All the Laws but One: Civil Liberties in Wartime
In All the Laws but One, William H. Rehnquist, Chief Justice of the United States, provides an insightful and fascinating account of the history of civil liberties during wartime and illuminates the cases where presidents have suspended the law in the name of national security.
Abraham Lincoln, champion of freedom and the rights of man, suspended the writ of habeas corpus early in the Civil War--later in the war he also imposed limits upon freedom of speech and the press and demanded that political criminals be tried in military courts. During World War II, the government forced 100,000 U.S. residents of Japanese descent, including many citizens, into detainment camps. Through these and other incidents Chief Justice Rehnquist brilliantly probes the issues at stake in the balance between the national interest and personal freedoms. With All the Laws but One he significantly enlarges our understanding of how the Supreme Court has interpreted the Constitution during past periods of national crisis--and draws guidelines for how it should do so in the future.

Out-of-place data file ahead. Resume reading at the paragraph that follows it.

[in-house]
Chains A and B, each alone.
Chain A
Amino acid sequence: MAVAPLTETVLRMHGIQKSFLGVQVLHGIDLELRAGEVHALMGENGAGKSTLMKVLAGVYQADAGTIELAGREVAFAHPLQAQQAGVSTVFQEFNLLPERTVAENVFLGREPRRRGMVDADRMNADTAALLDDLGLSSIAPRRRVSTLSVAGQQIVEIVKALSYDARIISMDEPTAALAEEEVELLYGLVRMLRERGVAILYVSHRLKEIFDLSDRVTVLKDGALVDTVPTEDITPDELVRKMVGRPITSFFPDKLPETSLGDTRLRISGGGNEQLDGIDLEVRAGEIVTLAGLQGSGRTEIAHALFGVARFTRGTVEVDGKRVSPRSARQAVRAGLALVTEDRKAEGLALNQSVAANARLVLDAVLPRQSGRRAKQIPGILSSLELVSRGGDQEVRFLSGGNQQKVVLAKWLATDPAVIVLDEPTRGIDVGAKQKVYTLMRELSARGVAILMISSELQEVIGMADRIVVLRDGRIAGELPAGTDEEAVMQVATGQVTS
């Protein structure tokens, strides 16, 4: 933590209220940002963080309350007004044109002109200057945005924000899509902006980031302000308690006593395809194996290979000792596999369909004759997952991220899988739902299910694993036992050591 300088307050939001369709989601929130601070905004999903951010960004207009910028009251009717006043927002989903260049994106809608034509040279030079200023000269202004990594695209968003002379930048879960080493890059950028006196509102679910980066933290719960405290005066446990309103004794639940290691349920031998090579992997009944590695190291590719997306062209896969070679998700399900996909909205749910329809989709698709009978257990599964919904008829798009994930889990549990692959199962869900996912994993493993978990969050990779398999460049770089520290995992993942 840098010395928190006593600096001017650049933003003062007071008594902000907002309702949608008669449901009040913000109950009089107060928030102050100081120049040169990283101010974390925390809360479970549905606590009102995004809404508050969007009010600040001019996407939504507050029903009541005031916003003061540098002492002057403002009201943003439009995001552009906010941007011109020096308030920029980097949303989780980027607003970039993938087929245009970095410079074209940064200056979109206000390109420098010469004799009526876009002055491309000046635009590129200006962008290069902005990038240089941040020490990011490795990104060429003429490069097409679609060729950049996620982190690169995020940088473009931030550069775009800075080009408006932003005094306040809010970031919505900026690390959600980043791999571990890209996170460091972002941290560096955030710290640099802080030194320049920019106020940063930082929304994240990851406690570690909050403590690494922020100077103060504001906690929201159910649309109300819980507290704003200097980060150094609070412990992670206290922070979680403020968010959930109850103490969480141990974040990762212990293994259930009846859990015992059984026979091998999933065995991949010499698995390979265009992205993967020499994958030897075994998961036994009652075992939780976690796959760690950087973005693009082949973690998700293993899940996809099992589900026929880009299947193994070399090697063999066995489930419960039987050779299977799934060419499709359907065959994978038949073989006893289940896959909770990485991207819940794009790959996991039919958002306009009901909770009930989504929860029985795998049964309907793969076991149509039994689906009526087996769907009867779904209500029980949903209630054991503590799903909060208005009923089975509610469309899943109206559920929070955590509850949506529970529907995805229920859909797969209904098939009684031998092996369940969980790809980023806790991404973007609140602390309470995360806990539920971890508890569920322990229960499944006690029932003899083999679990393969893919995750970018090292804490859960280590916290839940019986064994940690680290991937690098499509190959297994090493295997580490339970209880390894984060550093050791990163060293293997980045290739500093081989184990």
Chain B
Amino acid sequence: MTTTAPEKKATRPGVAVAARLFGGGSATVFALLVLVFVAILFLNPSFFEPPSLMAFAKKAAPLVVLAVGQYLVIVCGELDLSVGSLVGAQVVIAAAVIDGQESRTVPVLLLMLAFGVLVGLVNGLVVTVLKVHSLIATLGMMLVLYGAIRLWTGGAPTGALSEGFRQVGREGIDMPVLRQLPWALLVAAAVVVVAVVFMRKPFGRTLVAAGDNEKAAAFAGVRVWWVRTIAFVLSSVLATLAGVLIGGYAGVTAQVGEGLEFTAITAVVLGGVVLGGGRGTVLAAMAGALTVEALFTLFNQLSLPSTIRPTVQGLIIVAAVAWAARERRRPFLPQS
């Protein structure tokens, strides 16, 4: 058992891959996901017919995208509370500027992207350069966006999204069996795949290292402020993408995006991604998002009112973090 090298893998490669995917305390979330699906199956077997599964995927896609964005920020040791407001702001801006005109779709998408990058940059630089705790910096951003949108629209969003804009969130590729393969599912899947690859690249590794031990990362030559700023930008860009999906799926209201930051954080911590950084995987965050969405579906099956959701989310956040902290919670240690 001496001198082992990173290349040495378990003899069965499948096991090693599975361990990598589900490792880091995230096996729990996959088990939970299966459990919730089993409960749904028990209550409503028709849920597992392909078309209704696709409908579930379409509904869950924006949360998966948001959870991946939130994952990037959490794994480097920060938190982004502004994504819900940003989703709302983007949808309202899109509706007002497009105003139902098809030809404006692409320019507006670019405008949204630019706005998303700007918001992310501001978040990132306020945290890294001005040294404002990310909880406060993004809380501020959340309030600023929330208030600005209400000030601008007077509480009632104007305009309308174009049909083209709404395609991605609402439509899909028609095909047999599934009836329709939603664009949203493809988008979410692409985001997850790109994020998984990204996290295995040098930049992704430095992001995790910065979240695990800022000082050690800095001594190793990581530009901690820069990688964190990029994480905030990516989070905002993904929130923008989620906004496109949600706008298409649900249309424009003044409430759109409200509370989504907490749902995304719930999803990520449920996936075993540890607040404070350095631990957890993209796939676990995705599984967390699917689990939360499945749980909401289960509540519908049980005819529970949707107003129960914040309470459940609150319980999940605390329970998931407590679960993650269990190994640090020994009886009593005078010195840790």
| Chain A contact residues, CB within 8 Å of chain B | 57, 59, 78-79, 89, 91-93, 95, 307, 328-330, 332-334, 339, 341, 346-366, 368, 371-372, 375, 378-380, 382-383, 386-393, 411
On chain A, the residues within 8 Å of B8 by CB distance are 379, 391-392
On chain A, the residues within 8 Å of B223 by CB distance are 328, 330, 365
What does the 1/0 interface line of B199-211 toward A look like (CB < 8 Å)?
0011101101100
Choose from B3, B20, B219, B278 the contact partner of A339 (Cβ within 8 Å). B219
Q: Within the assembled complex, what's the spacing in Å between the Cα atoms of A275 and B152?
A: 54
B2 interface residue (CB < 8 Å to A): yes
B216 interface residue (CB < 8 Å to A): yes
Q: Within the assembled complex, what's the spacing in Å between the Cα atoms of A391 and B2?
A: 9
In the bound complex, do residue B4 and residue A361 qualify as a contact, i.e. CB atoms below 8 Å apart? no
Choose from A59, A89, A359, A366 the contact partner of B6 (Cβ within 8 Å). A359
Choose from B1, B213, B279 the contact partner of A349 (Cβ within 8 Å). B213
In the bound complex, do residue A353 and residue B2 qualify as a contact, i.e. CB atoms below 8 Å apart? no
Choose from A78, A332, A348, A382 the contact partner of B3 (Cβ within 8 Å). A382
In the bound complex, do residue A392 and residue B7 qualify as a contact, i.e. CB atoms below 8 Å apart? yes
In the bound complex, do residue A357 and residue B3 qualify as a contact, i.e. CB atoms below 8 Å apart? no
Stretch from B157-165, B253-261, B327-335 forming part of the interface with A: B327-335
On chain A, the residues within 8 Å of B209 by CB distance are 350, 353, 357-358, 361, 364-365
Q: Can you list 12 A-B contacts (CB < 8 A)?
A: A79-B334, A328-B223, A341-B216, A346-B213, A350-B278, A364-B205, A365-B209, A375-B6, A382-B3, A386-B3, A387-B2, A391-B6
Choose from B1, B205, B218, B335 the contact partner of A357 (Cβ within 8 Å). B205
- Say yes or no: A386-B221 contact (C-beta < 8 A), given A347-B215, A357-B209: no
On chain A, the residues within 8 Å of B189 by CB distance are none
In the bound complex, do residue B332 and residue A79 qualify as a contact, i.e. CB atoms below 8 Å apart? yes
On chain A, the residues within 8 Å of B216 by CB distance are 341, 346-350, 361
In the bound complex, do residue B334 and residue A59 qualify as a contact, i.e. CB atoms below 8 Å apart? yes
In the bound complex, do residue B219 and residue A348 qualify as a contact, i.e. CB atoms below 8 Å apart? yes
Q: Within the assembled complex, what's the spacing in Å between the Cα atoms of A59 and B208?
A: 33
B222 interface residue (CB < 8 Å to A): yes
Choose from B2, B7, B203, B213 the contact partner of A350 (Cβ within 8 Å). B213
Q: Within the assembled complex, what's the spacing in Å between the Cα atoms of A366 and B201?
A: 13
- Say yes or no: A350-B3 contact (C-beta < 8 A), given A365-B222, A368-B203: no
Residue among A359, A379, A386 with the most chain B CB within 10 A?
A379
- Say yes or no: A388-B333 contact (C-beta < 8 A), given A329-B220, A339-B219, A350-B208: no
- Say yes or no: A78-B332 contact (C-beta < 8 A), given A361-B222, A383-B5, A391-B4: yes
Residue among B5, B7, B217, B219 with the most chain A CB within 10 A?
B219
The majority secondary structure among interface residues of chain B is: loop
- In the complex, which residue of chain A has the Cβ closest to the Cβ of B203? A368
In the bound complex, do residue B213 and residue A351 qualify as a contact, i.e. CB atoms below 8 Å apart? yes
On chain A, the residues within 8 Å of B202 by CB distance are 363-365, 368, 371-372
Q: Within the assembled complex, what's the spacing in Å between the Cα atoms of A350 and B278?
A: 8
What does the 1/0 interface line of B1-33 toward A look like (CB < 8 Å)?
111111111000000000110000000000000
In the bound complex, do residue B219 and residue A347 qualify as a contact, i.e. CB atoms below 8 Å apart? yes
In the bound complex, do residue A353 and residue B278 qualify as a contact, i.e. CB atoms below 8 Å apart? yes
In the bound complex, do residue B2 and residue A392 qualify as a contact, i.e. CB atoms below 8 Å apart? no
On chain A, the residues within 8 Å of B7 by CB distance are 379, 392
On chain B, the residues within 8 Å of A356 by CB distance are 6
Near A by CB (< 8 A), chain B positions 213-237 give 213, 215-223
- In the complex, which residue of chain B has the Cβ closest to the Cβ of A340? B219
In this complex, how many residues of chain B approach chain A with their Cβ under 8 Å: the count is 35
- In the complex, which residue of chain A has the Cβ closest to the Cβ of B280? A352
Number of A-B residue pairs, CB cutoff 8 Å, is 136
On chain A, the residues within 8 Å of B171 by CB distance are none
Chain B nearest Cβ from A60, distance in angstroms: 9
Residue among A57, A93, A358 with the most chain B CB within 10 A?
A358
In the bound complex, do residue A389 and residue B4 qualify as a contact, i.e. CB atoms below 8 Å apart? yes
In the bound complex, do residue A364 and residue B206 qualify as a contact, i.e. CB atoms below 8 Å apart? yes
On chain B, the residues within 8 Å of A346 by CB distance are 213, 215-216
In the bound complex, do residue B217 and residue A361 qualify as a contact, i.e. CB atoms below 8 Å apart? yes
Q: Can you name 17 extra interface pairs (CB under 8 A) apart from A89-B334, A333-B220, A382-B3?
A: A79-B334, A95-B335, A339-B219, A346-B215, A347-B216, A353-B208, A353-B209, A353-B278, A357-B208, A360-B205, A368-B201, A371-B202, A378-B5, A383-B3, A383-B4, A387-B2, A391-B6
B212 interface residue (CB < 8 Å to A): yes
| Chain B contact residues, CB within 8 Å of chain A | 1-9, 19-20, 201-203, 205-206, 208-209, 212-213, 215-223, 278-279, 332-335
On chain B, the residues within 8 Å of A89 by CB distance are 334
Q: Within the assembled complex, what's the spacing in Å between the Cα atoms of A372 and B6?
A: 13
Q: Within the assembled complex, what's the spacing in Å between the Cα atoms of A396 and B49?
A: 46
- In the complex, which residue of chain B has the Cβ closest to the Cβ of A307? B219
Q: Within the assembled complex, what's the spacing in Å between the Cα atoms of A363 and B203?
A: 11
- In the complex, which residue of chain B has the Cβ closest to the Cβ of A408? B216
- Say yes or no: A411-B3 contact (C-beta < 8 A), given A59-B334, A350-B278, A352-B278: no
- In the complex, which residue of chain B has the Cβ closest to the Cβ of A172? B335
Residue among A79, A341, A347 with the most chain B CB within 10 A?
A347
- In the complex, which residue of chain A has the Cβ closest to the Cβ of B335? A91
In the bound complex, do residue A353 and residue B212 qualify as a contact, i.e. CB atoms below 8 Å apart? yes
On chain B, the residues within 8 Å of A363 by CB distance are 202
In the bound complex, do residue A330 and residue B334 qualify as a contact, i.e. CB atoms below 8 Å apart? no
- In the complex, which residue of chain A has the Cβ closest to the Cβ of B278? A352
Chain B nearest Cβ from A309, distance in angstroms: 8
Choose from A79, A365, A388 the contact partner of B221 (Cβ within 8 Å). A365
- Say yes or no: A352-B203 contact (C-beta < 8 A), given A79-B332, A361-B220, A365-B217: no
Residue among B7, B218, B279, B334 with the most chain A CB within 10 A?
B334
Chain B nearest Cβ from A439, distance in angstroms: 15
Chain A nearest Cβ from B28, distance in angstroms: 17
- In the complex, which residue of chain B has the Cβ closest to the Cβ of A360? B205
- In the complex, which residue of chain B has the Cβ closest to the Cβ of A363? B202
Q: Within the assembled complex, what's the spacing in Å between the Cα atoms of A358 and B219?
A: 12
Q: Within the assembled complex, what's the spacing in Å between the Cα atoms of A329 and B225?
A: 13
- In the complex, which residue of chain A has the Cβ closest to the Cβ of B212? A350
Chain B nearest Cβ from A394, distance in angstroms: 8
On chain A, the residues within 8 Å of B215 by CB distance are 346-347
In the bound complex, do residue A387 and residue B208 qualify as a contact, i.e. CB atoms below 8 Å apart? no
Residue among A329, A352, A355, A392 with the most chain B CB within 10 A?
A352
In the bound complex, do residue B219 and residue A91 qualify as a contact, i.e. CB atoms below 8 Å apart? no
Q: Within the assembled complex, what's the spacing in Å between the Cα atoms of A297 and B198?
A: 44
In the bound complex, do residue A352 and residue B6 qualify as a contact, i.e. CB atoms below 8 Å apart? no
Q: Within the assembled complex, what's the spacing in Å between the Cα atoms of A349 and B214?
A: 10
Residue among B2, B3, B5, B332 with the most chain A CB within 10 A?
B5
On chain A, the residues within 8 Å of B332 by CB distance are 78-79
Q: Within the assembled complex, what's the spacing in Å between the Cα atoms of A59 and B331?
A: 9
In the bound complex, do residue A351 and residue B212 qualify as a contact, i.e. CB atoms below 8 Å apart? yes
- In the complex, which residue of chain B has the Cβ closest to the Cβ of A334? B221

From the Trade Paperback edition.
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LibraryThing ReviewUser Review - jclark88 - LibraryThing
I was very much surprised by how easy this book was to read. In fact, I found it rather fascinating to read Chief Justice Rehnquist's views on this subject. I thought he did a nice job of giving ... Read full review
All the laws but one: civil liberties in wartimeUser Review - Not Available - Book Verdict
Rehnquist, Chief Justice of the U.S. Supreme Court, discusses pressures upon the federal legislative and executive branches to abridge domestic civil liberties during wartime. He offers lucid ... Read full review
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